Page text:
CSC 550: Introduction to Artificial Intelligence
Fall 2004

HW1: AI and the Turing Test

  1. In the paper Computing Machinery and Intelligence, Alan Turing described several objections to the concept of a thinking machine, and attempted to refute those objections. Which of these objections do you find the most credible? Or, conversely, which of Turing's refutations do you find to be the weakest? Explain your reasoning.

  2. Turing's paper described a test for identifying Artificial Intelligence called the human/computer imitation game,which subsequently became known as the Turing Test. Suppose you were to serve as judge in the Turing Test. What line of questioning would you pursue in order to distinguish between the human and the computer pretending to be human? Explain your reasoning.

  3. Consider the three programs below, which converse with the user via a Web-based interface. Interact with each of these programs, and comment on their performances. How would you rank them in terms of sophistication? How did each perform on the line of questioning you described in the previous question? What characteristics impressed or amused you about them? Could you envision either of the three being extended to the point where it might pass the Turing Test? Explain your answers.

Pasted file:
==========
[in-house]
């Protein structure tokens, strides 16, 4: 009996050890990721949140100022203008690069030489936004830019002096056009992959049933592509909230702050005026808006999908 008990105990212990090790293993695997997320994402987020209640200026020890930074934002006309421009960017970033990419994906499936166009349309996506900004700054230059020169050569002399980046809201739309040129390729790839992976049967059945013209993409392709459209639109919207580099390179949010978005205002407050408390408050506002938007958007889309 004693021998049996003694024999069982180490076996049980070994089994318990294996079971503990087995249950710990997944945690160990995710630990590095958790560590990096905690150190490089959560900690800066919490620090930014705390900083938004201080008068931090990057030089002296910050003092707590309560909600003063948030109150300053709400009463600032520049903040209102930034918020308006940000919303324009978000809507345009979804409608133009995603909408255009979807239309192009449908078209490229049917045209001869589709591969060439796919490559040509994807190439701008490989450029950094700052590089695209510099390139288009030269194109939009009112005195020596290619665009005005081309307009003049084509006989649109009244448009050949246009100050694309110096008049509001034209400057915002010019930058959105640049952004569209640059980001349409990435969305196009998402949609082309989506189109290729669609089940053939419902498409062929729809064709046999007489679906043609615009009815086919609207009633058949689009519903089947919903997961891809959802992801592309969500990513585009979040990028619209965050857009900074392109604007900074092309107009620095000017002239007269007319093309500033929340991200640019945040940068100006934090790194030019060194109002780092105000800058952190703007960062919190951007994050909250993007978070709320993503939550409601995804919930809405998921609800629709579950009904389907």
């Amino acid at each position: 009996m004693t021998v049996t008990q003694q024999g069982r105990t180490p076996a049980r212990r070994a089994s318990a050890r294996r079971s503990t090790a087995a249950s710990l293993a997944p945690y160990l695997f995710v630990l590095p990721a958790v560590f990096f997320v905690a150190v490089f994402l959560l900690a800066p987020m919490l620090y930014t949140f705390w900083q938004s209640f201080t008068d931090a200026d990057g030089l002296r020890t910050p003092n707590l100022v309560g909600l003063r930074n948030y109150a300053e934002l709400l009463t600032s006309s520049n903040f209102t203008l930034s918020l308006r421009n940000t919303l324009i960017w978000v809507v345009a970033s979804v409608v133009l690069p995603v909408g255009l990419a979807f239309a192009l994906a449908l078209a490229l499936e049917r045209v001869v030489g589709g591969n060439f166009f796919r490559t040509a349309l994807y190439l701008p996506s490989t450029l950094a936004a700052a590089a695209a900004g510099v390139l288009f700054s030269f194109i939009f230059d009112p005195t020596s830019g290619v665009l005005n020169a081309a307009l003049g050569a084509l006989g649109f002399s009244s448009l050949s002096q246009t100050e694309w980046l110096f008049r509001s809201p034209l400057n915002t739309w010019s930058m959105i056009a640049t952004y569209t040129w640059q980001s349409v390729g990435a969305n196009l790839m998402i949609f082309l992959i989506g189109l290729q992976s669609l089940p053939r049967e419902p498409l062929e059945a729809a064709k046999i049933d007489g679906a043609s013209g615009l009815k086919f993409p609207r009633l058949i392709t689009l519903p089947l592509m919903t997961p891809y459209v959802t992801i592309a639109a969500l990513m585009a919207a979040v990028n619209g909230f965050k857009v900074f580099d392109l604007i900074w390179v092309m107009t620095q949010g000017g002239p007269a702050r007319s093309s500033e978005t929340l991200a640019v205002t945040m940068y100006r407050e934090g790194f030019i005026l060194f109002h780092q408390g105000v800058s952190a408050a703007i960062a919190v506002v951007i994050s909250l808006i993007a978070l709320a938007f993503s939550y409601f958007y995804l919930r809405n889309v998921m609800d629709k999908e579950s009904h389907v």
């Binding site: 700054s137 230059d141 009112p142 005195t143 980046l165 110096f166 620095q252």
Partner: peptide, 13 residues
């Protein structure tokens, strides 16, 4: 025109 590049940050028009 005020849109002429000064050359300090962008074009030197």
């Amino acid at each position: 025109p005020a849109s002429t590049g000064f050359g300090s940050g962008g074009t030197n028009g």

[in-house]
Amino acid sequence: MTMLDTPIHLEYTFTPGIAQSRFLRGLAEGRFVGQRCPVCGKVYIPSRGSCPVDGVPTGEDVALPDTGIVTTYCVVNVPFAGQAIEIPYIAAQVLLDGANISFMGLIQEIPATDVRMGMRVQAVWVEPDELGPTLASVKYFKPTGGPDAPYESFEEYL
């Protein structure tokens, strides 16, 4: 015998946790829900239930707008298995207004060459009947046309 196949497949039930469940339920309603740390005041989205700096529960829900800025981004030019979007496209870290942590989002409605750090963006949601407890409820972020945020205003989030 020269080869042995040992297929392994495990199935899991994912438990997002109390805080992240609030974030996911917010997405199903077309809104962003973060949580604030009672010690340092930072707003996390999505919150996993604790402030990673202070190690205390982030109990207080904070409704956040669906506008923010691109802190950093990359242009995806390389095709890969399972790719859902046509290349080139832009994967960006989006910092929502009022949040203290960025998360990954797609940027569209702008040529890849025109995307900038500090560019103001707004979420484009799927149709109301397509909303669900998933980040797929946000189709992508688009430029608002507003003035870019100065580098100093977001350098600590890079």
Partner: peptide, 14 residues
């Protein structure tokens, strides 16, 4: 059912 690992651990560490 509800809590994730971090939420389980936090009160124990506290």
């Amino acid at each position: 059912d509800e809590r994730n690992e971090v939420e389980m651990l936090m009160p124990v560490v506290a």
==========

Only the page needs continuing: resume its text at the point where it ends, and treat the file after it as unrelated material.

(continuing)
4. One of the best known criticisms of the Turing Test, and Artificial Intelligence in general, is John Searle's Chinese Room Argument. Summarize Searle's argument against AI, and comment as to whether you find it convincing. Did reading this paper sway your view of the feasibility of AI? Explain your reasoning.